Friday, July 6, 2007

Storage Requirements for the Windows Vista™ Security Log

Recently, we've created a few blog postings that talk about some of the new events present in the Microsoft Windows Vista™ security log. From a security standpoint, Vista's increased number of auditable events is excellent, as administrators and compliance officers can get a much deeper picture of the actions taking place on a computer prior to and during a security incident.

However, if you are required to retain those security events, either by law (e.g. HIPAA, SOX, GLB, PCI, etc) or by policy, you need to start budgeting for more storage before you start your Vista and Windows Server 2008™ migrations.

Here are a few examples of how Vista security logs tend to grow much more quickly than their predecessors:

1.) Looking at some of our internal Vista security logs, there are tons of events relating to the blocking or accepting of network data via the Windows Filtering Platform. Some organizations may find this data valuable, especially if the machine is exposed to the public, however others may not.

2.) Some events log extra information at the end of the Description field that serves no other purpose than to further explain the parameters in the Description field. For instance, every 4608 event (Windows is starting up) also tells you that:

"This event is logged when the LSASS.exe starts and the auditing subsystem is initialized."

Similarly, every 4634 event (An account was logged off) feels the need to mention that:

"This event is generated when a logon session is destroyed. It may be positively correlated with a logon event using the Logon ID value. Logon IDs are only unique between reboots on the same computer."
These are just two brief examples, but note well: your Vista logs will use up more space than your XP and Windows 2000 workstation logs. If you are reassuring yourself now by thinking that you only need to retain server logs, bear in mind that Windows Server 2008 will share Vista's new events and logging tendencies!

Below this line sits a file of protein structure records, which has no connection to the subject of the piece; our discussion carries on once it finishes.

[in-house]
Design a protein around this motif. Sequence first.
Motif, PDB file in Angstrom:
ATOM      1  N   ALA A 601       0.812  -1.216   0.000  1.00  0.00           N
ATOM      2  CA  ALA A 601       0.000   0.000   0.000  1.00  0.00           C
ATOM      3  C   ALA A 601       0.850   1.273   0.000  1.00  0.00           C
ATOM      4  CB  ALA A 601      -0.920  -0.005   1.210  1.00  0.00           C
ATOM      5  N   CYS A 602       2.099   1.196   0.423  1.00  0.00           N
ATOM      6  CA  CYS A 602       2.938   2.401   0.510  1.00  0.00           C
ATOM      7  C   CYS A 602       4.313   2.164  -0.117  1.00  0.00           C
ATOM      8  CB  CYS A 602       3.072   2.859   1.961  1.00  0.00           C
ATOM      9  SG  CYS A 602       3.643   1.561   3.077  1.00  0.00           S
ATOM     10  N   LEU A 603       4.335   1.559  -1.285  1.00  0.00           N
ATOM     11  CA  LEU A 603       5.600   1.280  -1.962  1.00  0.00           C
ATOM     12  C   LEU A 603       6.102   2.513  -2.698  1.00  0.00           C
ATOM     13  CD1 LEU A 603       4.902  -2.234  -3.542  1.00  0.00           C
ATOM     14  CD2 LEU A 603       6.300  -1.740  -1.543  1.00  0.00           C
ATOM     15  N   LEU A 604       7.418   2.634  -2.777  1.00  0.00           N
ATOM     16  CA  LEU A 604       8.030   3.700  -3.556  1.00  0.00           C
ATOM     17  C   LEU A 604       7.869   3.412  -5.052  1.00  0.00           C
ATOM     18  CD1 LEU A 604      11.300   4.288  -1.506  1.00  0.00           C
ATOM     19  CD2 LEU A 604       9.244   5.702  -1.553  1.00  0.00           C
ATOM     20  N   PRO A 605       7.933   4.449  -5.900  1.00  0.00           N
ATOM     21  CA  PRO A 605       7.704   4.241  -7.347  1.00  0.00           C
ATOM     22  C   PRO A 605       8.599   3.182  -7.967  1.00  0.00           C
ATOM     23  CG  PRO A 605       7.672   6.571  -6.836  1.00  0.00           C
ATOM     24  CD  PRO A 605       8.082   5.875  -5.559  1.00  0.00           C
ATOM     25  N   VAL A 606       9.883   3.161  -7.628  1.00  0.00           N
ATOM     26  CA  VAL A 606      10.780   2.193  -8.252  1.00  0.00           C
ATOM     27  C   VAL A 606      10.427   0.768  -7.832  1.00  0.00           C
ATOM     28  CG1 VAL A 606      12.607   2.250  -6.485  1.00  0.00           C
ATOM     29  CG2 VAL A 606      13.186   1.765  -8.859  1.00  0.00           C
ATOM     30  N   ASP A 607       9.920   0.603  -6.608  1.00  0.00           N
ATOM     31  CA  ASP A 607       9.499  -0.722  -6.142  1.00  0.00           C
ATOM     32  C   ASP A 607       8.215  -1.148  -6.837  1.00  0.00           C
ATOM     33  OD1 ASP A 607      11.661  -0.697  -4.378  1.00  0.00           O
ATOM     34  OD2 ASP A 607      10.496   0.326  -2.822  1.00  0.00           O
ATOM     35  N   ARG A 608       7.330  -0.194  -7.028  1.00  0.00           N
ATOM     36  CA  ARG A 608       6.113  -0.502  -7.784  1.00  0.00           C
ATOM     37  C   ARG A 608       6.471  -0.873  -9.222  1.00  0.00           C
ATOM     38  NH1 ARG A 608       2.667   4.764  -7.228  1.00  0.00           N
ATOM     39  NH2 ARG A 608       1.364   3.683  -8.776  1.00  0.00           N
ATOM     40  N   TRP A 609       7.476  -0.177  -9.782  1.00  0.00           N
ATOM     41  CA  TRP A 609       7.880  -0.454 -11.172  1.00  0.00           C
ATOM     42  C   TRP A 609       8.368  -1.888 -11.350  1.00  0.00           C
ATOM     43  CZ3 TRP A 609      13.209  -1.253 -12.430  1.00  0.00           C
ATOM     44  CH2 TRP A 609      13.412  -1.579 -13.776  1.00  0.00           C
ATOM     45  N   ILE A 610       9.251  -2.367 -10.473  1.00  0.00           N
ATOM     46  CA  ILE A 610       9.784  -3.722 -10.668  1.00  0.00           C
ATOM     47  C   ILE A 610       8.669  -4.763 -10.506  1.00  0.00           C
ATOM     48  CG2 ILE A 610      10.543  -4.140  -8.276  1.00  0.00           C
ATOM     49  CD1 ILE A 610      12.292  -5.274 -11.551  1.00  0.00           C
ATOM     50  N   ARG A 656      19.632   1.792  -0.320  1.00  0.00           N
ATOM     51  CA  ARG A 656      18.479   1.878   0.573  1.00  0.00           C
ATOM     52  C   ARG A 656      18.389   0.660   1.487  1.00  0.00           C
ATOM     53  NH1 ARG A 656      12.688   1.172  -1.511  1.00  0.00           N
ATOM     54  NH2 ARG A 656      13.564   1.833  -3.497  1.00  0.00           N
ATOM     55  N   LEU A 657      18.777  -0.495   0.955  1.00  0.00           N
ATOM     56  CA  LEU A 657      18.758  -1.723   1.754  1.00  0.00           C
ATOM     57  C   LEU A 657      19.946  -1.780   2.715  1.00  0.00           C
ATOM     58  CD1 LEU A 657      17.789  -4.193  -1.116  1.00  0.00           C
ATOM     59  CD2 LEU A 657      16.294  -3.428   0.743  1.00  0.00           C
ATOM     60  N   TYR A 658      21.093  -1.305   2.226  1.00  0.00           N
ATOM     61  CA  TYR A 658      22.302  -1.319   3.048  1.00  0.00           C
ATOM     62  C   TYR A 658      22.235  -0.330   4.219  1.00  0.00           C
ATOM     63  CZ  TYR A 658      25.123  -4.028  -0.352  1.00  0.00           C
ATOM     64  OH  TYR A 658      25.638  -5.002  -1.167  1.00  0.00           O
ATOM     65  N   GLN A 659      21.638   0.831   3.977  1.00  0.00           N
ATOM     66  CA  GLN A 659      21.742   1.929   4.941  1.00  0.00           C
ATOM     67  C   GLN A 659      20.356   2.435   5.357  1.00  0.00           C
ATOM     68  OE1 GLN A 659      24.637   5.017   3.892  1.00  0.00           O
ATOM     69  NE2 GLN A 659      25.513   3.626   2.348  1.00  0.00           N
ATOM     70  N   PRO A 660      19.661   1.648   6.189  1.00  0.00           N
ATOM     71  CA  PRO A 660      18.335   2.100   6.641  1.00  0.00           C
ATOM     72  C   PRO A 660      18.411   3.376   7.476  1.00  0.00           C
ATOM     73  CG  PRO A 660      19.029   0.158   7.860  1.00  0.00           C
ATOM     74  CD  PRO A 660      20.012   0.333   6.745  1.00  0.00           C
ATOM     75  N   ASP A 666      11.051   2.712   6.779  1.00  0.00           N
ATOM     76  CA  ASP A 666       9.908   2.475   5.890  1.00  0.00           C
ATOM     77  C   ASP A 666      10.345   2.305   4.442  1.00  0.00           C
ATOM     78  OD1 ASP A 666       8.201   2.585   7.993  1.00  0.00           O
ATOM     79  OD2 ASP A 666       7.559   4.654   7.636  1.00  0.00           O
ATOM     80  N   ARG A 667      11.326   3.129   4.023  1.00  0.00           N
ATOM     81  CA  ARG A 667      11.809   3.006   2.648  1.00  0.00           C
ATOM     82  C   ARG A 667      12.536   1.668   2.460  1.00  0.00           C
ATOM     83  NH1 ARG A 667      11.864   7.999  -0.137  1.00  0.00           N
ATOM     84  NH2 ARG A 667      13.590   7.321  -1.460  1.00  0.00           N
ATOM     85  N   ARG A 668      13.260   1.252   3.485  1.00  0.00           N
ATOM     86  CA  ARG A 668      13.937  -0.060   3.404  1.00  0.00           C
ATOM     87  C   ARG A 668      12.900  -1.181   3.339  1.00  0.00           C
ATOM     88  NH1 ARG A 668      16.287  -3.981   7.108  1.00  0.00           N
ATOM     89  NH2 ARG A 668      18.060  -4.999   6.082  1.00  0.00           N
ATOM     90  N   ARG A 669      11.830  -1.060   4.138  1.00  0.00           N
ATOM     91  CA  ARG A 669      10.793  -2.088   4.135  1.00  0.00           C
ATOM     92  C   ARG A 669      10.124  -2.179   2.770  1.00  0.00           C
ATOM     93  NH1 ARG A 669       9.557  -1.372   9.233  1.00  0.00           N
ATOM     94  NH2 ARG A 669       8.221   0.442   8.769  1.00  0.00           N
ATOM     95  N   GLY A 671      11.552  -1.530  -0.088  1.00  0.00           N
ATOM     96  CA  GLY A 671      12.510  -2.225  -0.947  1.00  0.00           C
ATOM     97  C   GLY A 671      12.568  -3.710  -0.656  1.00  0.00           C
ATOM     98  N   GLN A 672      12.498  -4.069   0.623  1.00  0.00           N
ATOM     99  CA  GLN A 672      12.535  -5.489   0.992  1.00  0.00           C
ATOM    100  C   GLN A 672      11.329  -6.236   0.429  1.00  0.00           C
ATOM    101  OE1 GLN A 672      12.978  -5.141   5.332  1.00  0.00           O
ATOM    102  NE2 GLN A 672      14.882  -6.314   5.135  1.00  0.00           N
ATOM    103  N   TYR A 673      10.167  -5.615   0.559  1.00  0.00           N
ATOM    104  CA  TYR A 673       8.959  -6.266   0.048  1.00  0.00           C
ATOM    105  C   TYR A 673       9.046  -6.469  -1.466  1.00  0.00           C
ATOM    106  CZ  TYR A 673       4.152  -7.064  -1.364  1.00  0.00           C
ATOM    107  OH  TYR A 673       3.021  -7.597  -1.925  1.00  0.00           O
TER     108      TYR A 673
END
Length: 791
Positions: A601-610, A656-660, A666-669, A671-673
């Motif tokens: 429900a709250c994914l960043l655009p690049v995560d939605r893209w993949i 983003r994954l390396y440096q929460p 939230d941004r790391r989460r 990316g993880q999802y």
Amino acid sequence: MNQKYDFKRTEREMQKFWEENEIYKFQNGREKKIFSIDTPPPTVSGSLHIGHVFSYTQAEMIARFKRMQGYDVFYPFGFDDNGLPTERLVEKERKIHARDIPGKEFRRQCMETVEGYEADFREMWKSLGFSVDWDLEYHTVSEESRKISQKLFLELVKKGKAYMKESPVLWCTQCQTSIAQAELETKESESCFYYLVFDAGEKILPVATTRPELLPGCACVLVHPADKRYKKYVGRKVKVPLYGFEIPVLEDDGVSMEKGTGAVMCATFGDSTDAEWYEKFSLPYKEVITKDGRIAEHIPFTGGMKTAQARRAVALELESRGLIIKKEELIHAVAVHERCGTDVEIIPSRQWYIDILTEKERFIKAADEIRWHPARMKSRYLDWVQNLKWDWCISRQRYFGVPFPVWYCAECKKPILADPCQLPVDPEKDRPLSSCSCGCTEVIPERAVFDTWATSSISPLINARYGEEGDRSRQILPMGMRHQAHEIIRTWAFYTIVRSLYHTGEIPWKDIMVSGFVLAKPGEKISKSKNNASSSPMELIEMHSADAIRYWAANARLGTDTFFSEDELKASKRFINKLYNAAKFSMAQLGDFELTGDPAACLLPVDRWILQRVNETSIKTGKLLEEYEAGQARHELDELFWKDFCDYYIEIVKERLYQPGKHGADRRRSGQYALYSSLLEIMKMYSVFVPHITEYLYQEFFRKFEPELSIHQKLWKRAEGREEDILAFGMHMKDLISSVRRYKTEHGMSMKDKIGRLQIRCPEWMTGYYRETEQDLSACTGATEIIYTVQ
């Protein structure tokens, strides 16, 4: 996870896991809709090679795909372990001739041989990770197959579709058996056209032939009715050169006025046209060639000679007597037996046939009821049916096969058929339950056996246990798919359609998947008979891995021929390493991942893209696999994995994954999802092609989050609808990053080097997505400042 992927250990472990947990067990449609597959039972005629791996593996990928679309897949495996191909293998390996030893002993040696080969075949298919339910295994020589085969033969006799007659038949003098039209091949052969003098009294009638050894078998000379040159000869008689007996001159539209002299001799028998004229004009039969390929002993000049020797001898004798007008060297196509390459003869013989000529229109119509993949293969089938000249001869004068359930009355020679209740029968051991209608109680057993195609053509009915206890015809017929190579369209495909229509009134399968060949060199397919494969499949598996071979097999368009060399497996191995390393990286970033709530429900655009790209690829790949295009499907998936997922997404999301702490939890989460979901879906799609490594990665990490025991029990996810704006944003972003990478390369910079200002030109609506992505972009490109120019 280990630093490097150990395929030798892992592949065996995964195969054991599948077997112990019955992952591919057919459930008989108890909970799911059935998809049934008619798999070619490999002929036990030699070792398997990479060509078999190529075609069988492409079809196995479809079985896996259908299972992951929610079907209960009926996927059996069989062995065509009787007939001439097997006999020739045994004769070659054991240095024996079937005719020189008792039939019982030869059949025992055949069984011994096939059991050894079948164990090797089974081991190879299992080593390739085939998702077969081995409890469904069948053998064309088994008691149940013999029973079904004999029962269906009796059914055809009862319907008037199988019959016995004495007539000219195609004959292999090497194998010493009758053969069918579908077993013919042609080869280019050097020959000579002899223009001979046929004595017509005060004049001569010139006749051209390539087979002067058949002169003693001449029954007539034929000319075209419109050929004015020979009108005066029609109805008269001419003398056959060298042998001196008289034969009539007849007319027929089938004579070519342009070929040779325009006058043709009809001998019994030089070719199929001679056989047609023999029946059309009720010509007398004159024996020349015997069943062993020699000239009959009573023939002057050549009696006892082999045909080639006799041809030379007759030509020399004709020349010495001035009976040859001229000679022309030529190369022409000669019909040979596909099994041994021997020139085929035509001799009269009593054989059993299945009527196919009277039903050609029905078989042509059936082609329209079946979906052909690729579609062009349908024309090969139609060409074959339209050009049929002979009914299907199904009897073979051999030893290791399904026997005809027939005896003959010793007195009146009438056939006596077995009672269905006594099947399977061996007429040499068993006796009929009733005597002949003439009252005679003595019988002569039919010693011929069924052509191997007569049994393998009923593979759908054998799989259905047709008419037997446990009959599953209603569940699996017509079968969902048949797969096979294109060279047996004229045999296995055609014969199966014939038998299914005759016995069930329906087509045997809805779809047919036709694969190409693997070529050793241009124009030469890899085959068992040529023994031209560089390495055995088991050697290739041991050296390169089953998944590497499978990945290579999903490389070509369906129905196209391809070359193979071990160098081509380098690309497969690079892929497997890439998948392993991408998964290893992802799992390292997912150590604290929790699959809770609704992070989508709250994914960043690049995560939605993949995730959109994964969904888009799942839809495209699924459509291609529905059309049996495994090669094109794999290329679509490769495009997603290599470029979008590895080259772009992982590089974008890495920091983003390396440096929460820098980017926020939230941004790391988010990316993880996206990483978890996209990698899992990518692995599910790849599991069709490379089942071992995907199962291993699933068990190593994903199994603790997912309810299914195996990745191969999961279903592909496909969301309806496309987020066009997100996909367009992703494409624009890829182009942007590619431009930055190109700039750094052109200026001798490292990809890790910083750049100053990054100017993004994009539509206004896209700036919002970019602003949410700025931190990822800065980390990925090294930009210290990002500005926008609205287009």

Fortunately, the current release (and several prior releases) of our Event Archiver™ software offers you techniques to help you manage your storage of log data. Event Archiver allows you to automatically prune your database tables by date, selectively import only key events or exclude non-key events into database tables with global import filters, and keep your data in multiple compressed formats for storage efficiency. As the number of auditable events increase and expand in size, these features become increasingly important.


Eric Fitzgerald said...

The description text, e.g. "This event is logged when...", is static message text and is not stored as part of the event record in the EVTX file.

If your log archiving solution stores just the EVTX file then you're not paying any extra storage costs for the explanatory text of this nature.

However, many (ok most :-) log collection tools have the eventlog service retrieve the event message text, combine it with the event record and store the formatted message. They do this so that the stored event record is human readable, however this increases storage costs significantly.

Dorian Software Dev Team said...


Very good point. So in other words, the "This event is logged when..." is part of the message file framework for the description of the event, which is similar to the way legacy EVT files work.

Fortunately, Event Archiver v7 has the ability to zip compress EVTX files just like EVT files, so the cost becomes even more trivial to maintain the flat files.

Still, I'm glad we have extensive mechanisms for database management and selective table importing in Event Archiver, because when you multiply 100 or more characters of text a million plus times, that really adds up! :)